# ANALYSIS: Why Africa is larger than maps cause us to think it is

2016-01-19 11:59

Jacob Zuma (File)

A few weeks ago President Jacob Zuma stated that all the continents in the world would fit into Africa.

- Read more: Asia is the biggest continent, Zuma concedes

I thought it useful to visualise the process of trying to stuff countries into the African continent. It turned out that all the countries of the world would fill Africa four times over (excluding Antarctica, but I’ll get back to this later).

Unfortunately, this wasn’t a trivial task. You see, the problem is that the world isn’t flat. The maps that we generally use are planar and rectangular while the Earth is a sphere. It’s really difficult to flatten a sphere into a rectangle. Try peeling an orange and you’ll realise what contortions you need to go through in order to do it. Now imagine you were doing that with the Earth. Countries in your rectangular orange peel would barely resemble those on a sphere.

So what to do? The process of converting from a 3D object (say the Earth) into a 2D plane (say a map) is called projection. Imagine you were standing in the middle of a translucent globe with a torch. Standing in the centre and shining your light through the continents would project them onto the wall. Doing this, you would only manage to project a part of the Earth onto the wall.

Suppose you rolled the Earth continually on the wall as you went. That way you would manage to project all the way around the Earth onto your 2D plane. Alternatively, think of the world as a round stamp covered in ink. As you rolled it on a piece of paper, you would leave continent-shaped ink marks on the paper.

Such a project would work well enough at the equator but things start to get weird the further you go north or south as shapes begin to stretch. Over the years, cartographers have devised different ways of addressing this problem. Unfortunately due to our orange peeling problem, each projection needs to make certain compromises.

For instance Van der Grinten’s world projection tries to make an aesthetically pleasing map but the result doesn’t maintain the size of countries and shapes tend to distort, especially at the poles.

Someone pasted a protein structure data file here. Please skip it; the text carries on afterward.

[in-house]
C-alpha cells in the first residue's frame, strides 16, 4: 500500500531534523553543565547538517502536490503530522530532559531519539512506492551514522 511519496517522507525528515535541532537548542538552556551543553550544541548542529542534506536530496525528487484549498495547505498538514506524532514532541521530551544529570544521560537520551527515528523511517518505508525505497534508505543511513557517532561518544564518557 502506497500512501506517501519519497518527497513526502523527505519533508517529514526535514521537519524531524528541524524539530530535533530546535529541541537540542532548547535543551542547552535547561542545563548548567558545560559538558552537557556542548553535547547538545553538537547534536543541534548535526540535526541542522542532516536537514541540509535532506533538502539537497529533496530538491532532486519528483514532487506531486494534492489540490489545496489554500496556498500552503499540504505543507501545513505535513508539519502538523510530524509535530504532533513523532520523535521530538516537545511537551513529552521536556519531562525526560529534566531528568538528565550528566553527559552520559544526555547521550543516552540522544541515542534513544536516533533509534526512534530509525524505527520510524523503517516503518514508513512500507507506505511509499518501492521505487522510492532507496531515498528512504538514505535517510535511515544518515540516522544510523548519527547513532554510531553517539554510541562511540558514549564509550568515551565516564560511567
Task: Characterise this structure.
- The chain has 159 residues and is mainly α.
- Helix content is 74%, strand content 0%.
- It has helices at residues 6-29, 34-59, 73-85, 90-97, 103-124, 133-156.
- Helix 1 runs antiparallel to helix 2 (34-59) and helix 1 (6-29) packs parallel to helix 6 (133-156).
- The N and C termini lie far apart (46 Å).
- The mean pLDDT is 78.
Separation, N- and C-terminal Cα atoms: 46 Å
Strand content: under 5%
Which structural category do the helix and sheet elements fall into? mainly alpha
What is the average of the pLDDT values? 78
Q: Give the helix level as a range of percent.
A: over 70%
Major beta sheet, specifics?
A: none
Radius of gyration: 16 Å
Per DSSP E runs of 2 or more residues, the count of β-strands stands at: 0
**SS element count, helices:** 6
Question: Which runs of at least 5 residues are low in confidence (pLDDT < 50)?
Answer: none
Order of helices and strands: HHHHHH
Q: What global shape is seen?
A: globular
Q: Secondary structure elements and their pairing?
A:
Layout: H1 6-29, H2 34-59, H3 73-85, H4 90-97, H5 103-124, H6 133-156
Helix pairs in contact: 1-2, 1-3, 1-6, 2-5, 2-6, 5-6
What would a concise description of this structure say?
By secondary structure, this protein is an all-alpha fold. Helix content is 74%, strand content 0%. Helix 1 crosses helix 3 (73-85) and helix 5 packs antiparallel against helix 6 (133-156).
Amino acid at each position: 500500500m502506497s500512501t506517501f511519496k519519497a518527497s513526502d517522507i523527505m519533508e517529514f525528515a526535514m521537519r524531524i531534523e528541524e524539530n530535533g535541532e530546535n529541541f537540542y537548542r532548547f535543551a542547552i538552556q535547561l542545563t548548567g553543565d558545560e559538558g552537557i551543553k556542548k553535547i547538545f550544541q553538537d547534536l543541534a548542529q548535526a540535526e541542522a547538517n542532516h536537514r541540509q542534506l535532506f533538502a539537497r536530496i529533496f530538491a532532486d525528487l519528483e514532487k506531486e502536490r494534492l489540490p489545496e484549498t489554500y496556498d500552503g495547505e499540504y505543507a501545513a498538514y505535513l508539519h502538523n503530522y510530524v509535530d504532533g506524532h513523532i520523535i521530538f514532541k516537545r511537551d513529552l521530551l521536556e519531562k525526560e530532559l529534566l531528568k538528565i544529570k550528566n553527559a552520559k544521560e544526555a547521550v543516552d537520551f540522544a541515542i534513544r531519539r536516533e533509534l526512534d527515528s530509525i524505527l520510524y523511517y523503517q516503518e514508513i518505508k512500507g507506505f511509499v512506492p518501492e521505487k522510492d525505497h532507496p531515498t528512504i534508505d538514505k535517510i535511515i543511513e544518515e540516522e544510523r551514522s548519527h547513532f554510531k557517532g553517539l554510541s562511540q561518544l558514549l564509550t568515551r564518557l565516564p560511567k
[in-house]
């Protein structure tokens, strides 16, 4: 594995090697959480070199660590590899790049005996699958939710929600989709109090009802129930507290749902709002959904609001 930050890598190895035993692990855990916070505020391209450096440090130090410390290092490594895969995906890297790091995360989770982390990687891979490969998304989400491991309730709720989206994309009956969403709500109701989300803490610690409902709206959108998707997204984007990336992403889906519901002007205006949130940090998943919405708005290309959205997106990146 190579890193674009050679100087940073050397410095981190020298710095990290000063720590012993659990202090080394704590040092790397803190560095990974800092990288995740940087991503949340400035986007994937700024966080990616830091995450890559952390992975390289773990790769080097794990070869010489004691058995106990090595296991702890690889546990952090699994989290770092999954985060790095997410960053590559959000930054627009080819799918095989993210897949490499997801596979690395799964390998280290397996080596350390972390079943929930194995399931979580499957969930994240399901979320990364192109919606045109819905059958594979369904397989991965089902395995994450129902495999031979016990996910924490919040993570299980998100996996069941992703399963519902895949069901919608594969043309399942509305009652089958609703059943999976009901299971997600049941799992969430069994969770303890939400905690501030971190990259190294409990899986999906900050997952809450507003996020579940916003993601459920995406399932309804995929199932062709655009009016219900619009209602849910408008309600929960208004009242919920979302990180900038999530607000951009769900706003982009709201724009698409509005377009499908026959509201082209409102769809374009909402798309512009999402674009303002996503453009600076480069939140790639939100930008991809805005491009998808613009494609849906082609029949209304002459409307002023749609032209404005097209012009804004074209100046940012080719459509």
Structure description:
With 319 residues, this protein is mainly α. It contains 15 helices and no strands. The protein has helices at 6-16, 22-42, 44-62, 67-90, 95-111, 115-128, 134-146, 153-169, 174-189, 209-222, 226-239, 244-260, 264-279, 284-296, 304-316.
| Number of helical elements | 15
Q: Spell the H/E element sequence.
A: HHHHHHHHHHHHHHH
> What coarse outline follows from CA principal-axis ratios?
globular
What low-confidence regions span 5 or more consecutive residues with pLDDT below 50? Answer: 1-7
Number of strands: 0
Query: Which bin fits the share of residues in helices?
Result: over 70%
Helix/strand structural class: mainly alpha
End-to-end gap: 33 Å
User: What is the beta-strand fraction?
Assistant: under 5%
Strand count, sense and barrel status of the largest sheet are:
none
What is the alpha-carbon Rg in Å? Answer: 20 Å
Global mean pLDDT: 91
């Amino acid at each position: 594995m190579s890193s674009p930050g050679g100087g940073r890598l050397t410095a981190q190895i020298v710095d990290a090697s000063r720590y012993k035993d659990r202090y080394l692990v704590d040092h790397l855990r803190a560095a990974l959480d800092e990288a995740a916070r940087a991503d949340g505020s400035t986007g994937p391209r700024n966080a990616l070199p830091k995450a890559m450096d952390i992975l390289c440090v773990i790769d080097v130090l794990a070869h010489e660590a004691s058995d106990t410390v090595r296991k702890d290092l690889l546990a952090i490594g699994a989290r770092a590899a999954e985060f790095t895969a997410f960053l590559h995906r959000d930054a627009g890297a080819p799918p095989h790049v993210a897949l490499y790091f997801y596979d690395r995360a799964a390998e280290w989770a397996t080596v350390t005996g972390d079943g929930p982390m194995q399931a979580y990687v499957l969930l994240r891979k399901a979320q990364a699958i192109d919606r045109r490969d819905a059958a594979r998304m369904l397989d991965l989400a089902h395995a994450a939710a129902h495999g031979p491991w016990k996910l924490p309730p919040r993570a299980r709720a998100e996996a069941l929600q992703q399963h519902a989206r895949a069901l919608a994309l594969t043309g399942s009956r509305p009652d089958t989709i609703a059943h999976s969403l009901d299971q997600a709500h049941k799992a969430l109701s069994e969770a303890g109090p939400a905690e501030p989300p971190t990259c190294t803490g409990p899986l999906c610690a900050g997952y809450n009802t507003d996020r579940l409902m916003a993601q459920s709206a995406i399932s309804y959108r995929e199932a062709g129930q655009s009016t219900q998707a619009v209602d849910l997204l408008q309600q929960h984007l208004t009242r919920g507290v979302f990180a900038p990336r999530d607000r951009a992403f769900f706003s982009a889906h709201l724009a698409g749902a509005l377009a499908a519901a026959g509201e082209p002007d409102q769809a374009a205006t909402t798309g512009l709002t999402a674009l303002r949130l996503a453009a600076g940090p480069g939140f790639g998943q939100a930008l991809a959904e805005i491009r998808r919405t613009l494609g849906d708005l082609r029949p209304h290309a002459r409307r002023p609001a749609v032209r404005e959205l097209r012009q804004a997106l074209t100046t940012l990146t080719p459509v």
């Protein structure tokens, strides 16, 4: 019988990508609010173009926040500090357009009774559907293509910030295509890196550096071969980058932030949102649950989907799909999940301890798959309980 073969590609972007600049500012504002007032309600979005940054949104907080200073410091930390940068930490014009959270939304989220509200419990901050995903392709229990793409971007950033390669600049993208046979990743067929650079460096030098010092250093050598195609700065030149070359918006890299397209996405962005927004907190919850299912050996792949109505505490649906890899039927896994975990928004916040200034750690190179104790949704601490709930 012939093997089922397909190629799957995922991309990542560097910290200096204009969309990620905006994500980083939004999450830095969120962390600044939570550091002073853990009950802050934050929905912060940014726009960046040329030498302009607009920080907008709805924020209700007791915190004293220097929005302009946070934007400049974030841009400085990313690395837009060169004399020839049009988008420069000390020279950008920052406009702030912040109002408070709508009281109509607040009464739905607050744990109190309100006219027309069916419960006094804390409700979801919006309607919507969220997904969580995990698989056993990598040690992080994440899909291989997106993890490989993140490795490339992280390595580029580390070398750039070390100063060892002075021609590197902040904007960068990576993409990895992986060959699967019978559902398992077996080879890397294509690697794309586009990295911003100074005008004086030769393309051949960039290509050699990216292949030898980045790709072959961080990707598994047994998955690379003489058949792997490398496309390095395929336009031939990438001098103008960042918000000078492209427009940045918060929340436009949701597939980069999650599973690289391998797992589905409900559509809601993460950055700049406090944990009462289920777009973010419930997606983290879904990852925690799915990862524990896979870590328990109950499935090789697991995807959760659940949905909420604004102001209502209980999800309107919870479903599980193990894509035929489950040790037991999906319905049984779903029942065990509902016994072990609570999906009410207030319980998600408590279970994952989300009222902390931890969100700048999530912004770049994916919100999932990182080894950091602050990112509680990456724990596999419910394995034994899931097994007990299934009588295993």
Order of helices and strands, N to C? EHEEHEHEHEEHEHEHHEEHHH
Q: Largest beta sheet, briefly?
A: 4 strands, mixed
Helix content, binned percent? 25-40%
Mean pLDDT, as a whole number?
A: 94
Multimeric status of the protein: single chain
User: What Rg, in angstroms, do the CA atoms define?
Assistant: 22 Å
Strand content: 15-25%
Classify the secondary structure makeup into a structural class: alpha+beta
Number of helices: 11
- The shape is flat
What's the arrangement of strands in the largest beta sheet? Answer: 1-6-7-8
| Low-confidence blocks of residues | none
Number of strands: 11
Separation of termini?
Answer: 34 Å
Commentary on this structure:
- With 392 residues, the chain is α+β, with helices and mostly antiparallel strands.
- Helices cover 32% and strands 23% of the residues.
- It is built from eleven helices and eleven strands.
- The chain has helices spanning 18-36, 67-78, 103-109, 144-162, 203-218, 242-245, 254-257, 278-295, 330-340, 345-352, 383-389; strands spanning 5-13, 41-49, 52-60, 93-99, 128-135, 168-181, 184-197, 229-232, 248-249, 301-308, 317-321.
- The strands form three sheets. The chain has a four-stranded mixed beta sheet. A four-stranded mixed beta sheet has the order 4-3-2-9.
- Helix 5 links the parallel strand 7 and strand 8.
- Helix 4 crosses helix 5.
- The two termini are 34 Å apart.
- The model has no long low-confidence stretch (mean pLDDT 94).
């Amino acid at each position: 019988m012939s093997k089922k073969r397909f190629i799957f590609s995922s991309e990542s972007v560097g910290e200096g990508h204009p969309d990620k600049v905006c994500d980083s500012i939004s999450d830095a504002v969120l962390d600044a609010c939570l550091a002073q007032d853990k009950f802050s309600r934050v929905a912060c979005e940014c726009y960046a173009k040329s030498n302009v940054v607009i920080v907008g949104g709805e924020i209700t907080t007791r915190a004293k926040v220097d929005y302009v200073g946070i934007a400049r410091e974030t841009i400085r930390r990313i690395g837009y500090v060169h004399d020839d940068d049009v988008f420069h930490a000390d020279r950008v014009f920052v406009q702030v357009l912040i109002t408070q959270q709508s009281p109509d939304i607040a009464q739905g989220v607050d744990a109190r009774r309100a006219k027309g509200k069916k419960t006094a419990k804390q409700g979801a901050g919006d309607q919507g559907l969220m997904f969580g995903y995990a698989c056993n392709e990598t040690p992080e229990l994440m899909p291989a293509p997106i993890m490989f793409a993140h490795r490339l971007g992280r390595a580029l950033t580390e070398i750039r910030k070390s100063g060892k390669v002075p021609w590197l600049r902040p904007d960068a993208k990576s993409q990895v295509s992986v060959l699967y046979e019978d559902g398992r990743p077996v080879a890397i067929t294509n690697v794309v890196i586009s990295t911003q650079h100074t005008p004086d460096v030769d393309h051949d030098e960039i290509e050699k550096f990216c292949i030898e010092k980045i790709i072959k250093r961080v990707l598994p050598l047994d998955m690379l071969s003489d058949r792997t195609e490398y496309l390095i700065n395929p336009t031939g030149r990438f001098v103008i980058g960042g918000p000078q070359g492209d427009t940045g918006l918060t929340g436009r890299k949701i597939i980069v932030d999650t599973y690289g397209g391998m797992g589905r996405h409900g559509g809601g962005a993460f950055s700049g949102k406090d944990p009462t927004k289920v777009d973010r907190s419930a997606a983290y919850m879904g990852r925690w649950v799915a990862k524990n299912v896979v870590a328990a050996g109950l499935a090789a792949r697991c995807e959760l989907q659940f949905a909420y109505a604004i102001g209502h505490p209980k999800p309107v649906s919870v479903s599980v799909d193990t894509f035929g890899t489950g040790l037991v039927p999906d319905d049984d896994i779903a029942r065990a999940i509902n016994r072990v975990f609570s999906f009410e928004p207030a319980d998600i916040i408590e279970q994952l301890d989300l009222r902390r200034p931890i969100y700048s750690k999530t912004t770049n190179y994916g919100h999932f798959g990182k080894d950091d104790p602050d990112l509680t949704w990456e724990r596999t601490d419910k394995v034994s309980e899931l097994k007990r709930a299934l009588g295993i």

The Albers equal-area conic projection ensures that areas of countries are preserved but shapes are not. This is a good projection for proving President Zuma’s claim to be incorrect.

Some of them are plain weird like this Sinu-Mollweide projection.

But geometry aside, maps are political and influence the way we understand the world. Here is the standard Mercator projection that we are all familiar with.

Notice how small Africa is? Europe and North America are larger than they should be. The Mercator map is centred on Greenwich – an historic artefact as a result of the publication of a series of maps by a British astronomer. Previously, Paris was considered to be the centre of the map. This map is a relic of Euro-centric colonial days.

Another thing to consider is why north happens to be up? There is no concept of up in space. All of our maps could quite conceivably show Africa at the top and Europe at the bottom. Why not?

It’s somewhat mind-blowing when you look at it but not at all unreasonable. Surprisingly, maps were not always drawn with north at the top. Egyptian maps were oriented with the flow of the Nile which drains into the Mediterranean. Upper Egypt is located further to the south and confusingly, Lower Egypt is to the north.

In fact, some older maps have east at the top. Interestingly, the etymology of the word ‘orientation’ comes from the world Orient, which may explain the reason for east-up maps. (Note: Read more about this history of map orientation here.)

This north-south divide has negative connotations. South is associated with poverty and lack of development. These negative connotations don’t only apply to the developing world. Northern Italians are considered hard working while Southerners are lazy and less educated.

Our language is also full of positive connotations for “up”, for example “on top of the world” and negative for “down”, such as “down in the dumps”.

It turns out that upside-down maps are a thing. One of the first of these was produced by an Australian tired of his country being called “Down Under”. He turned the traditional orientation on its head, literally. You can find an interesting article on these subversive maps here.

In summary, maps, as with many visualisations, are simply representations of the world through the lens of their creator. The marketing industry is notorious for their use of misleading graphs and pie charts. Maps are no less immune to manipulation.

Adi Eyal is the director of Code for South Africa .

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